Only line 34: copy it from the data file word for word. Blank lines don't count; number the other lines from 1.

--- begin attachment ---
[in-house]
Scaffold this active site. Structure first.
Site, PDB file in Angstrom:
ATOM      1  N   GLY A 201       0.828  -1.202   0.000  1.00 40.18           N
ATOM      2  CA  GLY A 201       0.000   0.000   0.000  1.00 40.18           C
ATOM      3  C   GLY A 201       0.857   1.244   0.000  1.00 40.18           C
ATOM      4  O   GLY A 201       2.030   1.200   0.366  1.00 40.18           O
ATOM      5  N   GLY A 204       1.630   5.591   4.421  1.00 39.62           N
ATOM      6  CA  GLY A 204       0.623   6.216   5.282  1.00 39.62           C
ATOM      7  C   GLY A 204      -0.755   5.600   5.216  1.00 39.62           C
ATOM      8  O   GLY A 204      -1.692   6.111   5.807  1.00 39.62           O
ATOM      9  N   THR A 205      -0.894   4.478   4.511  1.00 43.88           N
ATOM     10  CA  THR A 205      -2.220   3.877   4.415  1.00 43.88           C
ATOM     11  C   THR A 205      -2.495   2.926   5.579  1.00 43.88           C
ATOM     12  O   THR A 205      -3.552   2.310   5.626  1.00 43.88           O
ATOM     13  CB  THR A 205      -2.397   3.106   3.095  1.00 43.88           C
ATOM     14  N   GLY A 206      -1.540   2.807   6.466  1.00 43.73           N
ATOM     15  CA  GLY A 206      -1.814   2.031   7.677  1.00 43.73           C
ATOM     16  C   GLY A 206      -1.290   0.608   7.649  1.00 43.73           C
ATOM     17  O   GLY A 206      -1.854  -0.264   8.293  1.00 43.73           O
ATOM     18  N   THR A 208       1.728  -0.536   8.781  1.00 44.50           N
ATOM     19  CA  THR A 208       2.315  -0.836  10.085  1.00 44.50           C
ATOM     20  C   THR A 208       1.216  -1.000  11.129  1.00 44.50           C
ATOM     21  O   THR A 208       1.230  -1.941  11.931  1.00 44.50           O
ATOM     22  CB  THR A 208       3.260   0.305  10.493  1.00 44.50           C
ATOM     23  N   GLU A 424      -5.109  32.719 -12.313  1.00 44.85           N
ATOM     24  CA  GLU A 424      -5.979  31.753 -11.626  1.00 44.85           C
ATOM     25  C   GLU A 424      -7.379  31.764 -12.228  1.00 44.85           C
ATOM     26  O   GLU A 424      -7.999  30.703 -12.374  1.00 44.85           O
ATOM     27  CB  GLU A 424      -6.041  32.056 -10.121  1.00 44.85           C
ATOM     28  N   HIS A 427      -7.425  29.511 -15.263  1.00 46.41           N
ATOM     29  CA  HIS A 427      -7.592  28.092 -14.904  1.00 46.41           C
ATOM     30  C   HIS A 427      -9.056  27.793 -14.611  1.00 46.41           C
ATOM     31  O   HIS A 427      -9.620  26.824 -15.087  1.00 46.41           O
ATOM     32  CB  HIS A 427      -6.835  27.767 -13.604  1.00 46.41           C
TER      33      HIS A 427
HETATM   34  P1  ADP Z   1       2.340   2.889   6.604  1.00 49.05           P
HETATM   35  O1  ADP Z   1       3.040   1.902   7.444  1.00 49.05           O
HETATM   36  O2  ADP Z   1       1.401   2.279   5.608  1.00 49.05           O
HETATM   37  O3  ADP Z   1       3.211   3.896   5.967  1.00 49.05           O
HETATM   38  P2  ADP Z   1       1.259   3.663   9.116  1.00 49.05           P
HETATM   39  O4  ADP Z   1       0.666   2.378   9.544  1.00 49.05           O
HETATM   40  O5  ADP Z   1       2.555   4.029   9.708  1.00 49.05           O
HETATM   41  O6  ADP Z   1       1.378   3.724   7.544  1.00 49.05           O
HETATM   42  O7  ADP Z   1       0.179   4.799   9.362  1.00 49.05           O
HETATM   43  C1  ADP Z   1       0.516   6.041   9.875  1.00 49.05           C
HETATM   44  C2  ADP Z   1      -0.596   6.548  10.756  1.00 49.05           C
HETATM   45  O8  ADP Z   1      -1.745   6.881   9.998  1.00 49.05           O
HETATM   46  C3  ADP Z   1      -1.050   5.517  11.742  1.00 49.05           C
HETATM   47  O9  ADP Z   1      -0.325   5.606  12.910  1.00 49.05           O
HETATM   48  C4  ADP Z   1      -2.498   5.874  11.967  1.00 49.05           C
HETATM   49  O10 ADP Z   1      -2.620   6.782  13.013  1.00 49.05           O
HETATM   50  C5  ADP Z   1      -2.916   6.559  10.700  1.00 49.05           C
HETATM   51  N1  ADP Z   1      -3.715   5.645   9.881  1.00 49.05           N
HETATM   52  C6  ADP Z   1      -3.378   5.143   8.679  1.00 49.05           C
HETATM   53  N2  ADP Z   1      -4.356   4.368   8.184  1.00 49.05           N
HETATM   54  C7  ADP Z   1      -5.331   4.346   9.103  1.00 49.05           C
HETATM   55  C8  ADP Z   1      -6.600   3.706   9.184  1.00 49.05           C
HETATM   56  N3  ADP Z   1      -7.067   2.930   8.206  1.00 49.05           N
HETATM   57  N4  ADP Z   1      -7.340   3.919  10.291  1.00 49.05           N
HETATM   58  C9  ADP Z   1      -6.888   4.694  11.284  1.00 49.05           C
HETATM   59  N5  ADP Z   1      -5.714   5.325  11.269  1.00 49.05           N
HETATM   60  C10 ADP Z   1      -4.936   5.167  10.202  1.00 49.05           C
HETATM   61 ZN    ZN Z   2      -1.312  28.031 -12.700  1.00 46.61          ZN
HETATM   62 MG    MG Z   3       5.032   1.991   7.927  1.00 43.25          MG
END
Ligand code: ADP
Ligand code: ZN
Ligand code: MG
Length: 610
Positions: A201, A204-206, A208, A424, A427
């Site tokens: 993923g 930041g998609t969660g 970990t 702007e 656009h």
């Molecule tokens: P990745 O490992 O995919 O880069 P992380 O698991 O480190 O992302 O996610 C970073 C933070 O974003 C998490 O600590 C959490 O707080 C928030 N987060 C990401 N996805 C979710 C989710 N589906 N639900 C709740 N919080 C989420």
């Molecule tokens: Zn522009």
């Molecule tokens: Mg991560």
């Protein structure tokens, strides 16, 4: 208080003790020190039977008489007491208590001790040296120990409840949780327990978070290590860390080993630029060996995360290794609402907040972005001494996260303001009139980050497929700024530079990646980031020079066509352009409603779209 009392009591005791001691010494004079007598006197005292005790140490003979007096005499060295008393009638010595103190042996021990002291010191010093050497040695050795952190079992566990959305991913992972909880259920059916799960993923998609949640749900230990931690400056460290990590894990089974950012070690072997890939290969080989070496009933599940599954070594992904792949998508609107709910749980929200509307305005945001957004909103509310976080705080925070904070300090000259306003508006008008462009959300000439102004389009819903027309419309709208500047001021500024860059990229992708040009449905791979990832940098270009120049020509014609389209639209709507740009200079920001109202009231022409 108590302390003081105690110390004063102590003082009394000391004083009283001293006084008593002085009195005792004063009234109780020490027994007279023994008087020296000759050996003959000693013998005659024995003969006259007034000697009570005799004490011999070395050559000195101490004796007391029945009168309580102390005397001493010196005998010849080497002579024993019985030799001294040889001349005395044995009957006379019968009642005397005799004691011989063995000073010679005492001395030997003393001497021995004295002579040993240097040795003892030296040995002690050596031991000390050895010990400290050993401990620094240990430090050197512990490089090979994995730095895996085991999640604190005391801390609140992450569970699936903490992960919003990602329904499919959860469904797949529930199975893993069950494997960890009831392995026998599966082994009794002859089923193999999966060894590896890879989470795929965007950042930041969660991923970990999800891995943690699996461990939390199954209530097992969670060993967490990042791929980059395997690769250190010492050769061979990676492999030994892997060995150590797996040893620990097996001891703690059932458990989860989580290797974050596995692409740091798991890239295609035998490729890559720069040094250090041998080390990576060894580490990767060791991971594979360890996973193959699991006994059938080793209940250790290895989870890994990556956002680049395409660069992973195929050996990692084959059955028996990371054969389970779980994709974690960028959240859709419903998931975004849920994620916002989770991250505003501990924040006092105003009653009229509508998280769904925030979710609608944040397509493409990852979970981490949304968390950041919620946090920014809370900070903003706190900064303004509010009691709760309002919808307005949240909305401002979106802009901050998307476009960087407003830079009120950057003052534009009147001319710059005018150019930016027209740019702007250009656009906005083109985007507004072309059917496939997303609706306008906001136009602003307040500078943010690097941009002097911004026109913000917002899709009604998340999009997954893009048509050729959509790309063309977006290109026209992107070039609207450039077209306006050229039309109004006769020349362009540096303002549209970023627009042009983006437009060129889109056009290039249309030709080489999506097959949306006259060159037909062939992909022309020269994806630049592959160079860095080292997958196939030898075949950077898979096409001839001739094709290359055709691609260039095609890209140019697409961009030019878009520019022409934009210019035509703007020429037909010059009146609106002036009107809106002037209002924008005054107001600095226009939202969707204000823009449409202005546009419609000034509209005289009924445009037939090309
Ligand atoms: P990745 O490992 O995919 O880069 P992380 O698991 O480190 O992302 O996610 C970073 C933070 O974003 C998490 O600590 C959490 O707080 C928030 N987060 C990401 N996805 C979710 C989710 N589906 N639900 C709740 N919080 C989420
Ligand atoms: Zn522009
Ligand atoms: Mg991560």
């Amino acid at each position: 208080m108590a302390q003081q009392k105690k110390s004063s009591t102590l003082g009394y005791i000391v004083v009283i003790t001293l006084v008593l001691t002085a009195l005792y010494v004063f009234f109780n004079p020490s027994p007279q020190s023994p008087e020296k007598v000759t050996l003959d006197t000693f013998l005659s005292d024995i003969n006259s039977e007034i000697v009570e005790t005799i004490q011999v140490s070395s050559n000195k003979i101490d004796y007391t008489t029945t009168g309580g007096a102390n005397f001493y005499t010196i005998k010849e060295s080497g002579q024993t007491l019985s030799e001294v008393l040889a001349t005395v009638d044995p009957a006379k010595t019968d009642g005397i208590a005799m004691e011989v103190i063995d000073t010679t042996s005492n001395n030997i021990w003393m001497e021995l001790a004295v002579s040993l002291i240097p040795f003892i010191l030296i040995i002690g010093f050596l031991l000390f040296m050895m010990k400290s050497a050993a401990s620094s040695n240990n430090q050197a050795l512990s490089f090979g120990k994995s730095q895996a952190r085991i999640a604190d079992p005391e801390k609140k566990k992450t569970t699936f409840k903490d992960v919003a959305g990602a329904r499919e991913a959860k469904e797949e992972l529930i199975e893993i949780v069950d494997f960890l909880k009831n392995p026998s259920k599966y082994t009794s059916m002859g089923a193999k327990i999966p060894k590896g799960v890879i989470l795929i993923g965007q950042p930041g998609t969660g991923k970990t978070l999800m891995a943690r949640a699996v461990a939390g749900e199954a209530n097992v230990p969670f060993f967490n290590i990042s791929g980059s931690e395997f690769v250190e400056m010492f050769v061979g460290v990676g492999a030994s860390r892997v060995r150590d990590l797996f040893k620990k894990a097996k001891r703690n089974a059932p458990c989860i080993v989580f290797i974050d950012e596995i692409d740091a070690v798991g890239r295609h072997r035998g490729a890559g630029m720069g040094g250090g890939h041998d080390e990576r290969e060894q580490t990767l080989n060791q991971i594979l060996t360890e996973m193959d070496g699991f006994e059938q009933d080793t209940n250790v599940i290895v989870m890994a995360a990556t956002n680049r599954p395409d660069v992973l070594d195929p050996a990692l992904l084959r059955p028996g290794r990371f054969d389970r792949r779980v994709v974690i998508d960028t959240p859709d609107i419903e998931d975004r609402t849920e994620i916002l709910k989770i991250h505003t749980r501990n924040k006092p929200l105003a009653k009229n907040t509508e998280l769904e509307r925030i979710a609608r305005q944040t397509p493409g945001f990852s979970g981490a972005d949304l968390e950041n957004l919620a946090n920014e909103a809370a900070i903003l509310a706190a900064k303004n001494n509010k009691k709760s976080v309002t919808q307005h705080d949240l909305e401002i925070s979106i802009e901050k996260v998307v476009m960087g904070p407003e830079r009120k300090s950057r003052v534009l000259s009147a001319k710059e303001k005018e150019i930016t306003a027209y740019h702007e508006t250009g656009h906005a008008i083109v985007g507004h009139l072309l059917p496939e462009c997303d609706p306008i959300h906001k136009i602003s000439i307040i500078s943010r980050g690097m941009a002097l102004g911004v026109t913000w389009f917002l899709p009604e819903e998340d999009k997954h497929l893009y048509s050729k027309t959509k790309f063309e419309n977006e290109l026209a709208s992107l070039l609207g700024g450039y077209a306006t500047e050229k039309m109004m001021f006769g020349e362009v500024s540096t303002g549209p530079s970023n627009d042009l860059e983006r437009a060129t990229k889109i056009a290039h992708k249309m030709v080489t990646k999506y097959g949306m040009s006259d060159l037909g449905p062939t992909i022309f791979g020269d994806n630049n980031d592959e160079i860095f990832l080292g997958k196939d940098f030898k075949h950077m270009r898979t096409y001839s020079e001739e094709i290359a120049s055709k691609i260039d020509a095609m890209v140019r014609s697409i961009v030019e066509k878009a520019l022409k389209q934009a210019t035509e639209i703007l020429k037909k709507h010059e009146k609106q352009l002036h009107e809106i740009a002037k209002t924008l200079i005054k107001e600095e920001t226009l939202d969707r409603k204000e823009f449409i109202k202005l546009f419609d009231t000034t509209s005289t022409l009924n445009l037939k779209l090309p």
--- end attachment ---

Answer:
ATOM     31  O   HIS A 427      -9.620  26.824 -15.087  1.00 46.41           O